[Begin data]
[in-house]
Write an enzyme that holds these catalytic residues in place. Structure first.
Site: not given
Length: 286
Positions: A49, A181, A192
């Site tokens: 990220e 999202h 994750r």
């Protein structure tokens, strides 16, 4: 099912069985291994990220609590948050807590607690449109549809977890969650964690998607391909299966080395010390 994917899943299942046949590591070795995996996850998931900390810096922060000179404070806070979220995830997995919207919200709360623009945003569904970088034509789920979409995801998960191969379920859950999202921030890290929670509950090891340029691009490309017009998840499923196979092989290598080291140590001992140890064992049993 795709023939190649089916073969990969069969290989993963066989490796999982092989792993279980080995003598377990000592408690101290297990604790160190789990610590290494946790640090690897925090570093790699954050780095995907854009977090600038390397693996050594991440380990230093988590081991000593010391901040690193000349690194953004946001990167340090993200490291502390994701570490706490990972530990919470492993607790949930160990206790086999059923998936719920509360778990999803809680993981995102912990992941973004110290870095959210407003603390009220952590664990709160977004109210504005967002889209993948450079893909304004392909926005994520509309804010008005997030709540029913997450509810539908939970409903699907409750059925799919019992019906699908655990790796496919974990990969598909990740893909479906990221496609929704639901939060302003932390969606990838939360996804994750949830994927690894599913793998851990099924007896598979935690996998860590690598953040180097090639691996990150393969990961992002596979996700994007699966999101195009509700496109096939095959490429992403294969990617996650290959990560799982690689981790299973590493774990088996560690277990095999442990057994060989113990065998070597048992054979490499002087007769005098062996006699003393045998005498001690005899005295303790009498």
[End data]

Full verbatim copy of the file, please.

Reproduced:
[in-house]
Write an enzyme that holds these catalytic residues in place. Structure first.
Site: not given
Length: 286
Positions: A49, A181, A192
């Site tokens: 990220e 999202h 994750r």
């Protein structure tokens, strides 16, 4: 099912069985291994990220609590948050807590607690449109549809977890969650964690998607391909299966080395010390 994917899943299942046949590591070795995996996850998931900390810096922060000179404070806070979220995830997995919207919200709360623009945003569904970088034509789920979409995801998960191969379920859950999202921030890290929670509950090891340029691009490309017009998840499923196979092989290598080291140590001992140890064992049993 795709023939190649089916073969990969069969290989993963066989490796999982092989792993279980080995003598377990000592408690101290297990604790160190789990610590290494946790640090690897925090570093790699954050780095995907854009977090600038390397693996050594991440380990230093988590081991000593010391901040690193000349690194953004946001990167340090993200490291502390994701570490706490990972530990919470492993607790949930160990206790086999059923998936719920509360778990999803809680993981995102912990992941973004110290870095959210407003603390009220952590664990709160977004109210504005967002889209993948450079893909304004392909926005994520509309804010008005997030709540029913997450509810539908939970409903699907409750059925799919019992019906699908655990790796496919974990990969598909990740893909479906990221496609929704639901939060302003932390969606990838939360996804994750949830994927690894599913793998851990099924007896598979935690996998860590690598953040180097090639691996990150393969990961992002596979996700994007699966999101195009509700496109096939095959490429992403294969990617996650290959990560799982690689981790299973590493774990088996560690277990095999442990057994060989113990065998070597048992054979490499002087007769005098062996006699003393045998005498001690005899005295303790009498």